The new issue of the Buenos Aires Review is now online, and features the following:
BAR#2 features new fiction by Liliana Colanzi (Bolivia) and Thibault de Montaigu (France), as well as poetry by PEN/Joyce Osterweil Award-winning Ishion Hutchinson (Jamaica). Reviews and essays by Sam Rutter, Ernesto Hernández Busto and Stanley Bill and a walk through the Bibliothèque nationale de France with Victoria Liendo.
The piece from this that jumped out at me is Samuel Rutter’s The Internet as Novel, which is about Open Letter author Carlos Labbe’s latest novel, Piezas secretas contra el mundo.
A recent interview in El País identified Carlos Labbé (Santiago de Chile, 1977) as a writer at the forefront of a generation returning to the complex relationship between avant-garde literature and political engagement. In keeping with this characterization, Labbé’s latest novel, Piezas secretas contra el mundo, published in March by Editorial Periférica is an ambitious declaration of principles for a new understanding of the novel in the twenty-first century.
Those familiar with Labbé’s growing and challenging body of work, beginning with the hypertext novel Pentagonal, will recognise in this latest novel some of the tropes the author continues to address. There is a particularly textual nature to the worlds Labbé creates, where the acts of reading and writing form an essential part of the fabric of reality in which his protagonists exist. The increasingly political edge to the author’s prose manifests itself in this novel through its ecological themes, which have come to include the status of indigenous cultures in Chile. Labbé’s prose, full of surprisingly juxtaposed registers and genres, matches its form to its content and embroils the reader in the fusion of these competing elements in order to construct a meaningful, overarching narrative.
Presented in the form of a “choose your own adventure” novel, it is the reader and not the author who actively constructs the narrative of Piezas secretas. There are obvious affinities here with Cortázar’s Rayuela, which celebrates its fiftieth anniversary this year, but while Cortázar gave the reader a roadmap and left the ludic structure of his novel outside the narrative, Labbé’s work begins with a gnomic prologue that immediately involves the reader and layers the metafictional instructions inside the story, often providing the reader with several options for movement within its pages. As such, the experience of reading Piezas secretas is disruptive and alluring at the same time – as the reader constantly moves back and forth through the pages, it is impossible to know exactly how deep into the narrative one is at any given point. Considering the mechanics of Labbé’s prose is like pulling the case off a desktop computer and watching it tick—there is a constant hum of activity, with bulbs blinking in the darkness and a mass of plugs and wires leading in all directions, and just like the virtual memory of a computer, Labbé manages to give his narrative more scope than appears possible in a conventional 220 page novel.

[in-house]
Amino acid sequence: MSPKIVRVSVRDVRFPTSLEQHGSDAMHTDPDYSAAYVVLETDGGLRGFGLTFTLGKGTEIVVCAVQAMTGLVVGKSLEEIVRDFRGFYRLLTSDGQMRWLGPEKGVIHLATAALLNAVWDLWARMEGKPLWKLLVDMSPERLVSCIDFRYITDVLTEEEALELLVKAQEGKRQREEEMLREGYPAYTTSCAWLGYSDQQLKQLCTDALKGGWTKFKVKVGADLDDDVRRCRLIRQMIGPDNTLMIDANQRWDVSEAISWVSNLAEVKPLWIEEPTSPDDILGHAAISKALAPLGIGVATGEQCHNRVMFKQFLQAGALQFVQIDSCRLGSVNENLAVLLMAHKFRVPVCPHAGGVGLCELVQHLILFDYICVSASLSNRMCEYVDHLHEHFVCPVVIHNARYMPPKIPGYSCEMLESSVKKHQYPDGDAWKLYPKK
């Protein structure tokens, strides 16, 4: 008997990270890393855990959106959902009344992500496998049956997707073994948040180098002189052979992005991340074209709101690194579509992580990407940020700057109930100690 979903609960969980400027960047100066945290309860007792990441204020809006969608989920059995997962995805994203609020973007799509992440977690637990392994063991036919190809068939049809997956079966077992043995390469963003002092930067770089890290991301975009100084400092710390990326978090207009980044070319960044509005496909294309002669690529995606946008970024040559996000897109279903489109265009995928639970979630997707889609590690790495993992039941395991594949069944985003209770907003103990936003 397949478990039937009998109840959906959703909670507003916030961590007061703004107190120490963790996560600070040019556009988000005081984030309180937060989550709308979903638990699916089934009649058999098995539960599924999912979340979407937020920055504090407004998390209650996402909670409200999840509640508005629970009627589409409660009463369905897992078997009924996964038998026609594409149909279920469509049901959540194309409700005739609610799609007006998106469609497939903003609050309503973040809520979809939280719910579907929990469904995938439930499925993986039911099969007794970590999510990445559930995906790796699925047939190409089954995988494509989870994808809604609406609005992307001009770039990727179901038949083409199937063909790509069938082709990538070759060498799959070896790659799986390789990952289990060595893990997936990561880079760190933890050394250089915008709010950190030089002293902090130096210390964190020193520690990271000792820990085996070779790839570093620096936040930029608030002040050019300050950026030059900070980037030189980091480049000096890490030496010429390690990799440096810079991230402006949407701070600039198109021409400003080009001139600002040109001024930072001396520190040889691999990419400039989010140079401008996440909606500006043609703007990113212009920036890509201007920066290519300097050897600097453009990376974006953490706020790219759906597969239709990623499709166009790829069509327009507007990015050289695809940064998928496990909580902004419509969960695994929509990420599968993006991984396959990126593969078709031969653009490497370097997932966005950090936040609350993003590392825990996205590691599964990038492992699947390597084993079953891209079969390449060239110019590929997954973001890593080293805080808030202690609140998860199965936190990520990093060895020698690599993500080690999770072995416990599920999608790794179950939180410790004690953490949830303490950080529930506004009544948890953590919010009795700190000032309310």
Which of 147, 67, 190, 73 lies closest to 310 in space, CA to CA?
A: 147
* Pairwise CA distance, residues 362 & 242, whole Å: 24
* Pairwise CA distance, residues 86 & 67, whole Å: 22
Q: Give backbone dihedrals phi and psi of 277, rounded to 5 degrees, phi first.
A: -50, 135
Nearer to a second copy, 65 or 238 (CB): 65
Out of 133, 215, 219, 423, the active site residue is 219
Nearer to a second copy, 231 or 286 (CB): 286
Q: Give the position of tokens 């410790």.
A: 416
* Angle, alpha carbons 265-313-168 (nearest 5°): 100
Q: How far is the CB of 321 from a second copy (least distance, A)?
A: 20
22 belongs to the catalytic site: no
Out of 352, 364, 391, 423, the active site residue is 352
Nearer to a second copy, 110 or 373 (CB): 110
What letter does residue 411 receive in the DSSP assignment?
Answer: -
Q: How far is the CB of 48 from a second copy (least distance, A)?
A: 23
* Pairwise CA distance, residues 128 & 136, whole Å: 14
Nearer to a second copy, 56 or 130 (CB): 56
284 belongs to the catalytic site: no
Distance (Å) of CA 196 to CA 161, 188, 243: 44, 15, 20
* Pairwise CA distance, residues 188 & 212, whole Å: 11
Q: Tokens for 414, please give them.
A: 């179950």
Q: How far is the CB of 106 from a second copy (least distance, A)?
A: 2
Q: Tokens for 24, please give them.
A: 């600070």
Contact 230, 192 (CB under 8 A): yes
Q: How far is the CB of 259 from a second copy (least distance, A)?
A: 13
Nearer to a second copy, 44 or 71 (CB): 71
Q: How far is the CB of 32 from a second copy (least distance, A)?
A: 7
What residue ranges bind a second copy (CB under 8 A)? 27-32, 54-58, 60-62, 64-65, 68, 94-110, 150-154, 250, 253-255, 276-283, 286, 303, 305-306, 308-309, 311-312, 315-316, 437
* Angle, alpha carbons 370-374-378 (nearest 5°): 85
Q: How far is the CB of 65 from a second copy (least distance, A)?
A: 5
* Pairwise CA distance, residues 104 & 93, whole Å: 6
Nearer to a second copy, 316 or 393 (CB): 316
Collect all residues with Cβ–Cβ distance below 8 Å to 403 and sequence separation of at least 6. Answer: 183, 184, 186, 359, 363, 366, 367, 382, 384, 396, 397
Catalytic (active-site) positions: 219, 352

Yes. Yes and more yes.
For those who can’t read Spanish, you should check out Labbe’s Navidad & Matanza And we’ll be bringing out another of his novels, Loquela, next fall.
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Fiston Mwanza Mujila is an award-winning author, born in the Democratic Republic of Congo, who now, at 33, lives in Austria. From what I could find, much of his work is influenced by the Congo’s battle for independence and its. . .
Twenty-One Days of a Neurasthenic is not a novel in the traditional sense. Rather, it is a collection of vignettes recorded by journalist Georges Vasseur in his diary during a month spent in the Pyrenées Mountains to treat his nervous. . .
Founded in 1960 by such creative pioneers as George Perec, Raymond Queneau and Italo Calvino, the Oulipo, shorthand for Ouvroir de littérature potentielle, came about in when a group of writers and mathematicians sought constraints to find new structures and. . .